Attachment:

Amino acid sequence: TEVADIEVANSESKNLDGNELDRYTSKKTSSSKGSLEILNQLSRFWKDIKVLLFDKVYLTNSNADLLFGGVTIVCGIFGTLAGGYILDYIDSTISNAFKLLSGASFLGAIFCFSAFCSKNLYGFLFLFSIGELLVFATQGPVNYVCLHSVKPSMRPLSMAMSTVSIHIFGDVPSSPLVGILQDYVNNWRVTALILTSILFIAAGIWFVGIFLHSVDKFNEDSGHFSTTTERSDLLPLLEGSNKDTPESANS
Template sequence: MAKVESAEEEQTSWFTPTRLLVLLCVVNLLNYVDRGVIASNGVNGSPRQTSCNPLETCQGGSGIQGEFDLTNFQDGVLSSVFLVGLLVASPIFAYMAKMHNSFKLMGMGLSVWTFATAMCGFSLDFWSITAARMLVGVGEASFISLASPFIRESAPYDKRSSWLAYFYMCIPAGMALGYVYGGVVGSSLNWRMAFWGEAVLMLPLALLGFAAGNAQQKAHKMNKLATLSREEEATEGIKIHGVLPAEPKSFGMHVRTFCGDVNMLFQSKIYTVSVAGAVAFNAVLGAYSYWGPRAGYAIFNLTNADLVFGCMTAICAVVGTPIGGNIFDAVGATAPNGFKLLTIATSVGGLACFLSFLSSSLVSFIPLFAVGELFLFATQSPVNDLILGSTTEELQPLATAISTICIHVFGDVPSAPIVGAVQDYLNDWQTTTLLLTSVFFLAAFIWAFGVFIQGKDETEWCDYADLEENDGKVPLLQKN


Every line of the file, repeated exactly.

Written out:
Amino acid sequence: TEVADIEVANSESKNLDGNELDRYTSKKTSSSKGSLEILNQLSRFWKDIKVLLFDKVYLTNSNADLLFGGVTIVCGIFGTLAGGYILDYIDSTISNAFKLLSGASFLGAIFCFSAFCSKNLYGFLFLFSIGELLVFATQGPVNYVCLHSVKPSMRPLSMAMSTVSIHIFGDVPSSPLVGILQDYVNNWRVTALILTSILFIAAGIWFVGIFLHSVDKFNEDSGHFSTTTERSDLLPLLEGSNKDTPESANS
Template sequence: MAKVESAEEEQTSWFTPTRLLVLLCVVNLLNYVDRGVIASNGVNGSPRQTSCNPLETCQGGSGIQGEFDLTNFQDGVLSSVFLVGLLVASPIFAYMAKMHNSFKLMGMGLSVWTFATAMCGFSLDFWSITAARMLVGVGEASFISLASPFIRESAPYDKRSSWLAYFYMCIPAGMALGYVYGGVVGSSLNWRMAFWGEAVLMLPLALLGFAAGNAQQKAHKMNKLATLSREEEATEGIKIHGVLPAEPKSFGMHVRTFCGDVNMLFQSKIYTVSVAGAVAFNAVLGAYSYWGPRAGYAIFNLTNADLVFGCMTAICAVVGTPIGGNIFDAVGATAPNGFKLLTIATSVGGLACFLSFLSSSLVSFIPLFAVGELFLFATQSPVNDLILGSTTEELQPLATAISTICIHVFGDVPSAPIVGAVQDYLNDWQTTTLLLTSVFFLAAFIWAFGVFIQGKDETEWCDYADLEENDGKVPLLQKN